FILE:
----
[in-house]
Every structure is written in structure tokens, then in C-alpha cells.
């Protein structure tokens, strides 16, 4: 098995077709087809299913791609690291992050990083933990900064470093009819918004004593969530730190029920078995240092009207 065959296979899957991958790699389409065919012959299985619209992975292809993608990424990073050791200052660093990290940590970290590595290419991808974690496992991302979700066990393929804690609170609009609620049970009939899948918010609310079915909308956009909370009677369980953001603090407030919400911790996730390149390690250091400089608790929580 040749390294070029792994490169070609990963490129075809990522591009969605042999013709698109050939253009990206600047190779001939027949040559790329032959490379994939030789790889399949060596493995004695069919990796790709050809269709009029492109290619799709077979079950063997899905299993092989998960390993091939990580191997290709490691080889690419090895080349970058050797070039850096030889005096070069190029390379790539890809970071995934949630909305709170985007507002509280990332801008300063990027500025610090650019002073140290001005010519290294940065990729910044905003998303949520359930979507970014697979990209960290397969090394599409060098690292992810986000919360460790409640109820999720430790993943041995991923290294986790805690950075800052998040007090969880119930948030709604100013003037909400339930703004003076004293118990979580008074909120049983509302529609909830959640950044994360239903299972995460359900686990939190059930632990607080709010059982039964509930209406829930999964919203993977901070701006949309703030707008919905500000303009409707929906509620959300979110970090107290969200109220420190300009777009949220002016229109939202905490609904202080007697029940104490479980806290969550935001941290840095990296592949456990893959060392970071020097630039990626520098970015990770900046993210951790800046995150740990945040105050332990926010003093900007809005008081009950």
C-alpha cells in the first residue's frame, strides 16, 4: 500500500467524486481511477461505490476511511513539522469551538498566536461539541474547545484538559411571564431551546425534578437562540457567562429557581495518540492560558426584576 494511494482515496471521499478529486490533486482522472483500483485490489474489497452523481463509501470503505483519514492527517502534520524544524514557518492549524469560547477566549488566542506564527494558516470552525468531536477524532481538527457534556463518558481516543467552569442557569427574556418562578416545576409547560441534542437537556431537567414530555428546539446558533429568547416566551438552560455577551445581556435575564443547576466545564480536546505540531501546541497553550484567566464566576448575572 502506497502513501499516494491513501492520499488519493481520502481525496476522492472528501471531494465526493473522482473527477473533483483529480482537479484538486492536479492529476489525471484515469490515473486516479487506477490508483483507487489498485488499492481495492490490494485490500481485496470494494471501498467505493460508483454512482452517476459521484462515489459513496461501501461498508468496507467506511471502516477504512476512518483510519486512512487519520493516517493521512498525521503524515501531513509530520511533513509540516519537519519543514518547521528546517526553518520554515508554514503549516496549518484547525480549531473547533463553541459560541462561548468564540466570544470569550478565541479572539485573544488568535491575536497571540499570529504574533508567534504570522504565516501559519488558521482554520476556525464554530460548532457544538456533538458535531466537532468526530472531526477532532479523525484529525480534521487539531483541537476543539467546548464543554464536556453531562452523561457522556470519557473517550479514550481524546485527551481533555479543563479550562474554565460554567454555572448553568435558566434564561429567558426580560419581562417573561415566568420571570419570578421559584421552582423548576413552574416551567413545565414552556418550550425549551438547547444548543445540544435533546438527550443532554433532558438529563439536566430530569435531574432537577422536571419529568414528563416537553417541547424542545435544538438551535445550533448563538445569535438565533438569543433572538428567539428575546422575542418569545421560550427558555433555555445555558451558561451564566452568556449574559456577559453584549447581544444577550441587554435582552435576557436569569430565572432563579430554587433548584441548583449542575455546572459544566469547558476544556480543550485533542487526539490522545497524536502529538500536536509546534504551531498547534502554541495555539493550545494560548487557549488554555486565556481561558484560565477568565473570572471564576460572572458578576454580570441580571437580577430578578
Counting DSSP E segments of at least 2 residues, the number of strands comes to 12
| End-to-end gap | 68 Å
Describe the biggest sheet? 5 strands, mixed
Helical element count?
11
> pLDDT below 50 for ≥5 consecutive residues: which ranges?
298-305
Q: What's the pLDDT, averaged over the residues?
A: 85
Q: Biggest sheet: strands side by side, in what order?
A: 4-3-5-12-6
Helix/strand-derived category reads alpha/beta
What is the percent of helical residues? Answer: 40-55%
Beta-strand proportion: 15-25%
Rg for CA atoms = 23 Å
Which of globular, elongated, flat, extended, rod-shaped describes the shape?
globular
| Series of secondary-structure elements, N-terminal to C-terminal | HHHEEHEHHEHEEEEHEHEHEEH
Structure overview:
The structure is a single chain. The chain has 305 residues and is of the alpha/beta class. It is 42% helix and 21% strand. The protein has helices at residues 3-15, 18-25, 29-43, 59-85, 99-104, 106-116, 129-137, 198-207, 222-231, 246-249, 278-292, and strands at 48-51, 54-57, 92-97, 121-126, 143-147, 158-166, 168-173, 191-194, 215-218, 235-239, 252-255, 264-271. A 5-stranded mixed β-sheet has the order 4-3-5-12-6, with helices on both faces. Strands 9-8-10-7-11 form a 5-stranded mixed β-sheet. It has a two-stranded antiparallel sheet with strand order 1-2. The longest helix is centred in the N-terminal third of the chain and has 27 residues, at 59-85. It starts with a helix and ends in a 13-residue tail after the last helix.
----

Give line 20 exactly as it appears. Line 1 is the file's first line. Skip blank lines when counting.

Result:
Which of globular, elongated, flat, extended, rod-shaped describes the shape?